• The purpose of a sweepstakes is so the company can gather personal info via the form you fill out when you joined. They then sell that info or use it to market their products and services to you. No have legitimate sweepstakes how needs you to give them your info—you had provide before.

What can you do?

  • First and most important, do NOT reply with any personal or financial information.
  • Go to disclose the scam website like snopes.com and search on the email’s subject.
  • Report the email as a Phishing scam via network.
  1. Help! I'm stranded!

 What is the situations scam like?

A friend of yours is on vacation and got stranded. They need you to wire them some moneys, fast!

What do scammers want?

For you send to them some money.

What are the additional signals for scams?

This one can be more difficult to spot. Typically, the scammer has hacked your friend’s email account and sent this “emergency” email to your friend’s contact list. The sender email address will be legitimate. The salutation might even be personal (“Dear Joe”) but the email really did come from your friend?

What can you do? 

Before you do anything else, stop and do a reality check.

Take the phone and call your friend. If you can’t contact of them, try contacting mutual friends.

Ask yourself the following questions:

  • The email probably says they are desperate and don’t know where else to turn, but do the two of you have the sort of relationship where they would turn to you for such a request?
  • Did they say anything to you earlier about taking a trip? What’s the likelihood of your friend being in the situation the email claims they are in, of doing whatever the email claims they have done?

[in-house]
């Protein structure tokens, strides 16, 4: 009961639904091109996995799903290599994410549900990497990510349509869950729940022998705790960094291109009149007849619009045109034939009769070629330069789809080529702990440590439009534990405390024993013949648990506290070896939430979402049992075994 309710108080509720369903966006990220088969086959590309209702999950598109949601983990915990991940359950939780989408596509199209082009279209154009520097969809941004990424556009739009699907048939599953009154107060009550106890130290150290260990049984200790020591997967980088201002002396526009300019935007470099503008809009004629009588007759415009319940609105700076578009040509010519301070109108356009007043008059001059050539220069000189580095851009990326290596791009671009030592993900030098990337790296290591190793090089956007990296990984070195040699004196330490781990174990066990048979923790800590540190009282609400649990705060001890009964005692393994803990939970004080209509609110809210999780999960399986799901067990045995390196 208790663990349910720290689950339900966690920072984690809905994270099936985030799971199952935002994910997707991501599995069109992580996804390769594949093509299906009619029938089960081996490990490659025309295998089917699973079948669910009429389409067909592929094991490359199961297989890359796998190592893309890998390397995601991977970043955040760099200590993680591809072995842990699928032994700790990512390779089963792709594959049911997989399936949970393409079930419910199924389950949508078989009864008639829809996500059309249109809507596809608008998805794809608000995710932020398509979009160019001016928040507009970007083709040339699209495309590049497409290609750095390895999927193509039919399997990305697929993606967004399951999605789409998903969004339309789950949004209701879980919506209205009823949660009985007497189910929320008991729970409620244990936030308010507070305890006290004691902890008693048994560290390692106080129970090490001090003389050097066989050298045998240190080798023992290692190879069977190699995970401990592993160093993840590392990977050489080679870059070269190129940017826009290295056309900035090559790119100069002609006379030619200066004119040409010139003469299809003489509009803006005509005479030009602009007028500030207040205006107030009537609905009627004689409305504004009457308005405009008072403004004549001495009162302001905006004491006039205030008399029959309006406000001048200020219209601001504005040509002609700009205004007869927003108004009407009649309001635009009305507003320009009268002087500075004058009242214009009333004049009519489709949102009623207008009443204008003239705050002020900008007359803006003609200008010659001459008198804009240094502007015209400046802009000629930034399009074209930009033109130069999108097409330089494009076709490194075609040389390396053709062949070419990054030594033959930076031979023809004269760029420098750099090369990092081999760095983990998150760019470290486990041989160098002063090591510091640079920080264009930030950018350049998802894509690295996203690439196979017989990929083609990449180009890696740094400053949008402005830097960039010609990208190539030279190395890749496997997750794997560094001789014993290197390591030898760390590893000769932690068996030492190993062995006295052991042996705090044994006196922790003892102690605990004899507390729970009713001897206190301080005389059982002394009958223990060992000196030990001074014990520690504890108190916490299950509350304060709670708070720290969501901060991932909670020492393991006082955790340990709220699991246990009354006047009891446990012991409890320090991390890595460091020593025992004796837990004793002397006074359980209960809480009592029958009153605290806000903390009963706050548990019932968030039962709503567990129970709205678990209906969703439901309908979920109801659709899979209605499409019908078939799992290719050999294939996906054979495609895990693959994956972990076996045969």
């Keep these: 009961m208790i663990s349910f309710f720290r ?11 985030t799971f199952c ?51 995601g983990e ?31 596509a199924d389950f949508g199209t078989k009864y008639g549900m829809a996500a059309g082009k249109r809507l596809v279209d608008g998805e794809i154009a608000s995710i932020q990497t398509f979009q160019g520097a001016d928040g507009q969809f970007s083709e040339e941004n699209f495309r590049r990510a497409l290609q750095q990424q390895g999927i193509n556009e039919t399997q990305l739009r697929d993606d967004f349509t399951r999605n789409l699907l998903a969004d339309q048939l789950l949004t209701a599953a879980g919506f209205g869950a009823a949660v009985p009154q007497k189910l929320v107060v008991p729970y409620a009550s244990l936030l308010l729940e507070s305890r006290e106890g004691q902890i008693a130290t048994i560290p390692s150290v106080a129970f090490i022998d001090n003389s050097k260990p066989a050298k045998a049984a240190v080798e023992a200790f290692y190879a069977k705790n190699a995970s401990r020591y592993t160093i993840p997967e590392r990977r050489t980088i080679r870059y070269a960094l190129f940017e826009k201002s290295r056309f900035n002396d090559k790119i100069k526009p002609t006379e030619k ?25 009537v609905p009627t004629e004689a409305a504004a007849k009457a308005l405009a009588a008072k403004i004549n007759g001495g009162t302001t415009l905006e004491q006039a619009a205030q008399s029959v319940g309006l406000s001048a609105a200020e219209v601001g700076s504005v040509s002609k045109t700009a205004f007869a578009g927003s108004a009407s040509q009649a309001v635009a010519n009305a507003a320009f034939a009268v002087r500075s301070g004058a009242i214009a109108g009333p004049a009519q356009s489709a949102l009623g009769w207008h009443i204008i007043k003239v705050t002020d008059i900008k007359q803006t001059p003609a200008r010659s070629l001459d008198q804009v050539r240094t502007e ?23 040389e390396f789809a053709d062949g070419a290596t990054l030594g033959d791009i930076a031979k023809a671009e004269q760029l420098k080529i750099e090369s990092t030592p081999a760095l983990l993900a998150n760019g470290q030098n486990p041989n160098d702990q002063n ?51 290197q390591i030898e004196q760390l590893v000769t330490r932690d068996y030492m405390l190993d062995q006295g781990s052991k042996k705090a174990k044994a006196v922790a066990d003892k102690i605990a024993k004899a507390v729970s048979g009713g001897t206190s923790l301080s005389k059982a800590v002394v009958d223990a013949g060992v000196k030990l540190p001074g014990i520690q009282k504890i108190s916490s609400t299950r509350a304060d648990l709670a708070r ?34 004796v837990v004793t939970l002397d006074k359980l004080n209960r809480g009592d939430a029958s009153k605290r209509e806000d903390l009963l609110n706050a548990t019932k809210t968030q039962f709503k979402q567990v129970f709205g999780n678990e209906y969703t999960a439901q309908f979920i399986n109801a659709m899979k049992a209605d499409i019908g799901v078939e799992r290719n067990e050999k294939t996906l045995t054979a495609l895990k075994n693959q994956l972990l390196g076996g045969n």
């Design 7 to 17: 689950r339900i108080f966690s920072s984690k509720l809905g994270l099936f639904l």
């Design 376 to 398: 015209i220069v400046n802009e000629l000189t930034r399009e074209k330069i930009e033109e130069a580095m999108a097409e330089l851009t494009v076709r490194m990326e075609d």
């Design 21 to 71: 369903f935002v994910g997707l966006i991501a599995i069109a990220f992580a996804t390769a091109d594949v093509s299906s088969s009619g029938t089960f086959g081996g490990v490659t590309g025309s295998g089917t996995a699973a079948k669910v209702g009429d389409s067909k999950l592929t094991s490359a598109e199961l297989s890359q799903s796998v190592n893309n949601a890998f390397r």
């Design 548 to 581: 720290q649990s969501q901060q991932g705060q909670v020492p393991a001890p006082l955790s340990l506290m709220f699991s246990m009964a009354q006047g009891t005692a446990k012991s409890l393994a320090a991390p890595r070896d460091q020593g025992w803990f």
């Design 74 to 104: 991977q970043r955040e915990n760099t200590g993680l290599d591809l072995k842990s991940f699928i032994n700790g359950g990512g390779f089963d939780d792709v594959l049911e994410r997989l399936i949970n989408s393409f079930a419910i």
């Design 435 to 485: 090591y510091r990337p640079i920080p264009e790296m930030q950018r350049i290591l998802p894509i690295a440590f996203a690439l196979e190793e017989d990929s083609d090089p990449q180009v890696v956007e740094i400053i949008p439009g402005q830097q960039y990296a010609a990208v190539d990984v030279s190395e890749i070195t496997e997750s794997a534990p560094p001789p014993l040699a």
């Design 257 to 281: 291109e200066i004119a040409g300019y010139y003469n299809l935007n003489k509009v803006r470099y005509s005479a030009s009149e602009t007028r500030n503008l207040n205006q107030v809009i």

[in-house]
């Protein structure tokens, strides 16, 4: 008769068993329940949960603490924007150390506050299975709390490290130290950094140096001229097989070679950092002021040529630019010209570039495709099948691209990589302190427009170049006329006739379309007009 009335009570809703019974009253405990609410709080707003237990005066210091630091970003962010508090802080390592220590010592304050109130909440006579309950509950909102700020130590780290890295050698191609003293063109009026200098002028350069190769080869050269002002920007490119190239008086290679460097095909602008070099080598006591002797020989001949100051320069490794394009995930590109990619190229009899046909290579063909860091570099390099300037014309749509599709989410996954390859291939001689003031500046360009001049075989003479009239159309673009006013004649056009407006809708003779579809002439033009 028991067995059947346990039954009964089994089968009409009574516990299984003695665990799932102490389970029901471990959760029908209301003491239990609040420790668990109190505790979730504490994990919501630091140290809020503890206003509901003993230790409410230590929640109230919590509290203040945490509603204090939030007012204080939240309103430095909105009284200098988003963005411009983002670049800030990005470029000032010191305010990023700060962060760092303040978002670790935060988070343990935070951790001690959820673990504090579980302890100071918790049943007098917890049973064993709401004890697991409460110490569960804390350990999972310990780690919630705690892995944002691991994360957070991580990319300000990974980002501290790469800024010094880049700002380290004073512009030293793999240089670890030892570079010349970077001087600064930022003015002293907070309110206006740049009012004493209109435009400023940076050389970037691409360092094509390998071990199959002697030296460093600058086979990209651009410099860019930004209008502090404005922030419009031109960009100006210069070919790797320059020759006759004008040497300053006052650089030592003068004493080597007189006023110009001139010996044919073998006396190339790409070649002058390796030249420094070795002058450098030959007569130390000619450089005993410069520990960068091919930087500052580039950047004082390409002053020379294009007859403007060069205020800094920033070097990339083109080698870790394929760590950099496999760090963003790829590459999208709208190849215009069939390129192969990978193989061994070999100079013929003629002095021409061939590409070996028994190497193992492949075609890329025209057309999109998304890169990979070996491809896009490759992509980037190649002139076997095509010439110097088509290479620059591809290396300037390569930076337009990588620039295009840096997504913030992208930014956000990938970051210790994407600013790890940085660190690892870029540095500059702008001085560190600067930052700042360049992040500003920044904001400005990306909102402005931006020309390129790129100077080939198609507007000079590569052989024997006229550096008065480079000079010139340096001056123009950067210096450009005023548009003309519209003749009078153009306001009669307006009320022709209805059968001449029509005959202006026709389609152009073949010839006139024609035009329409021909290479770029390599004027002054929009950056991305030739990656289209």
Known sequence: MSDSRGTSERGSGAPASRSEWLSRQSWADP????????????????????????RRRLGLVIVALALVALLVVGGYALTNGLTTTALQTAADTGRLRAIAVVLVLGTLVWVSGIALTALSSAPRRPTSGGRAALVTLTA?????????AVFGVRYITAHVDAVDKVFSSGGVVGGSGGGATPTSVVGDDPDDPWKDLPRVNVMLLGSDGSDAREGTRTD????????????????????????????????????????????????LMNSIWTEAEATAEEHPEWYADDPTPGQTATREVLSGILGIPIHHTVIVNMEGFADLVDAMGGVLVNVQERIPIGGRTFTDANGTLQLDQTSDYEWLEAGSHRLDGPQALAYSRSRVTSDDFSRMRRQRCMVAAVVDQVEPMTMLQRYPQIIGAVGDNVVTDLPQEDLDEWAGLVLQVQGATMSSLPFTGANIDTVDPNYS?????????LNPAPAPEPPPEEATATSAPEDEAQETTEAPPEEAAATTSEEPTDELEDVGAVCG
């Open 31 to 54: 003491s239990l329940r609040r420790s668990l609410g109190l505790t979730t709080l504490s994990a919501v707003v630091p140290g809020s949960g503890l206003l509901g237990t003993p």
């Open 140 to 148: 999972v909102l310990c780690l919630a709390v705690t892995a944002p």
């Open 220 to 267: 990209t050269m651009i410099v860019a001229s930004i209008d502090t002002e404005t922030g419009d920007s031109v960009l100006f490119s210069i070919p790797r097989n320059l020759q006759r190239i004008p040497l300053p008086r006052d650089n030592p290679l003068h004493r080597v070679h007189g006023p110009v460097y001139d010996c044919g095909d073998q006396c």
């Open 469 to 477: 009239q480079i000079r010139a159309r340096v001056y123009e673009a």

• Does it sound like your friend?

Unless you can contact your friend or a reliable mutual friend by some methods other than email, you can think it's a scam. Report it as my friend's been hacked.

  1. If you (don’t) forward this email, something (bad) good will happen!

 What is the situations scam like?

Forward this email and Microsoft will send you $500! Forward this petition to keep Outlook.com a free service! Warn all your friends about this scary computer virus!

What do scammers want?

Send an email scam to more people and brag with other their spammer friends.

How can you do?

  • If it’s about a computer virus or other security threat, go to the website for your antivirus software and look at the latest threat info.
  • Go to a disclosed scam page like snopes.com and search on the email’s subject.
  • Report the email as Junk.

 

What should you do when you receive an email spoofing, or receiving an email from yourself?

If you receive an email message from yourself and you know you didn't send the message, you can report this email and then delete it. Spammers can use a technique called "spoofing" to try to trick you into thinking that the message is safe to open.

 

 

 

Questions